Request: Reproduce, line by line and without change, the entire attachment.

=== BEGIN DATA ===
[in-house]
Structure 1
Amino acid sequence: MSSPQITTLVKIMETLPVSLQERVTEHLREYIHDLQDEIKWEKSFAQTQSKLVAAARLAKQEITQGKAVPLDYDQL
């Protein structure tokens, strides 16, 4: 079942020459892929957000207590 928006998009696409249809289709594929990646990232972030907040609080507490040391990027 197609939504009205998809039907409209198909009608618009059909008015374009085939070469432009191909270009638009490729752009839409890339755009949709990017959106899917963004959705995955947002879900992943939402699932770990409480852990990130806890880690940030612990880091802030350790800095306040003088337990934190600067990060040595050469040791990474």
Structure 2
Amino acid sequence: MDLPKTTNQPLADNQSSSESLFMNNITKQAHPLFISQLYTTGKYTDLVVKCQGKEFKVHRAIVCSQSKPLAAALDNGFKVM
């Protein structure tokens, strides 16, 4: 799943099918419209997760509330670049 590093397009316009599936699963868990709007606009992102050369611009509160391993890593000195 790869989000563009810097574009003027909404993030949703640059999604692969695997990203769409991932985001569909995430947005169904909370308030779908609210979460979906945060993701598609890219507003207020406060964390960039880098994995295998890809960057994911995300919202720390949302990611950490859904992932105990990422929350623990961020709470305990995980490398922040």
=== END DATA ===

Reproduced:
[in-house]
Structure 1
Amino acid sequence: MSSPQITTLVKIMETLPVSLQERVTEHLREYIHDLQDEIKWEKSFAQTQSKLVAAARLAKQEITQGKAVPLDYDQL
């Protein structure tokens, strides 16, 4: 079942020459892929957000207590 928006998009696409249809289709594929990646990232972030907040609080507490040391990027 197609939504009205998809039907409209198909009608618009059909008015374009085939070469432009191909270009638009490729752009839409890339755009949709990017959106899917963004959705995955947002879900992943939402699932770990409480852990990130806890880690940030612990880091802030350790800095306040003088337990934190600067990060040595050469040791990474």
Structure 2
Amino acid sequence: MDLPKTTNQPLADNQSSSESLFMNNITKQAHPLFISQLYTTGKYTDLVVKCQGKEFKVHRAIVCSQSKPLAAALDNGFKVM
């Protein structure tokens, strides 16, 4: 799943099918419209997760509330670049 590093397009316009599936699963868990709007606009992102050369611009509160391993890593000195 790869989000563009810097574009003027909404993030949703640059999604692969695997990203769409991932985001569909995430947005169904909370308030779908609210979460979906945060993701598609890219507003207020406060964390960039880098994995295998890809960057994911995300919202720390949302990611950490859904992932105990990422929350623990961020709470305990995980490398922040």